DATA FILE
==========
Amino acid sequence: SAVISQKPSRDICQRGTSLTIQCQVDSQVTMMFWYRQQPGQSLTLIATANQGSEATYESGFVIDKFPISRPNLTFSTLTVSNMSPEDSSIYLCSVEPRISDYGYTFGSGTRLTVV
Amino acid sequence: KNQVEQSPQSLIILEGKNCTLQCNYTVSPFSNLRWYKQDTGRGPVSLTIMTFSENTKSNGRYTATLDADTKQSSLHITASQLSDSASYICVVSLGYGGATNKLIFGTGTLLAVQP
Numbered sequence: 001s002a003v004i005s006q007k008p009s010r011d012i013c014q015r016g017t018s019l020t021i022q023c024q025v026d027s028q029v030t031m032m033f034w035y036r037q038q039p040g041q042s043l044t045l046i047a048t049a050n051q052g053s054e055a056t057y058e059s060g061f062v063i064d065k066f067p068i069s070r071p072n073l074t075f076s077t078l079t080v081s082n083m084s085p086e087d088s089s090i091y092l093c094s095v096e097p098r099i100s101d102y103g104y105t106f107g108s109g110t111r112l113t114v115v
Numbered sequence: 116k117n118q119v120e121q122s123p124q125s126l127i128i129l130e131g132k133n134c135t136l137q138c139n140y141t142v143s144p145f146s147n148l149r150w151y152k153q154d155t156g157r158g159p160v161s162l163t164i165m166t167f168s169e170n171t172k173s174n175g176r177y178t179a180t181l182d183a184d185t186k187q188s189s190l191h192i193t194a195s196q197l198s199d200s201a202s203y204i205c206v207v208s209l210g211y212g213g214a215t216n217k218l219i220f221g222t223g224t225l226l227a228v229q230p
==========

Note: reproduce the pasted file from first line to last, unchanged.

Amino acid sequence: SAVISQKPSRDICQRGTSLTIQCQVDSQVTMMFWYRQQPGQSLTLIATANQGSEATYESGFVIDKFPISRPNLTFSTLTVSNMSPEDSSIYLCSVEPRISDYGYTFGSGTRLTVV
Amino acid sequence: KNQVEQSPQSLIILEGKNCTLQCNYTVSPFSNLRWYKQDTGRGPVSLTIMTFSENTKSNGRYTATLDADTKQSSLHITASQLSDSASYICVVSLGYGGATNKLIFGTGTLLAVQP
Numbered sequence: 001s002a003v004i005s006q007k008p009s010r011d012i013c014q015r016g017t018s019l020t021i022q023c024q025v026d027s028q029v030t031m032m033f034w035y036r037q038q039p040g041q042s043l044t045l046i047a048t049a050n051q052g053s054e055a056t057y058e059s060g061f062v063i064d065k066f067p068i069s070r071p072n073l074t075f076s077t078l079t080v081s082n083m084s085p086e087d088s089s090i091y092l093c094s095v096e097p098r099i100s101d102y103g104y105t106f107g108s109g110t111r112l113t114v115v
Numbered sequence: 116k117n118q119v120e121q122s123p124q125s126l127i128i129l130e131g132k133n134c135t136l137q138c139n140y141t142v143s144p145f146s147n148l149r150w151y152k153q154d155t156g157r158g159p160v161s162l163t164i165m166t167f168s169e170n171t172k173s174n175g176r177y178t179a180t181l182d183a184d185t186k187q188s189s190l191h192i193t194a195s196q197l198s199d200s201a202s203y204i205c206v207v208s209l210g211y212g213g214a215t216n217k218l219i220f221g222t223g224t225l226l227a228v229q230p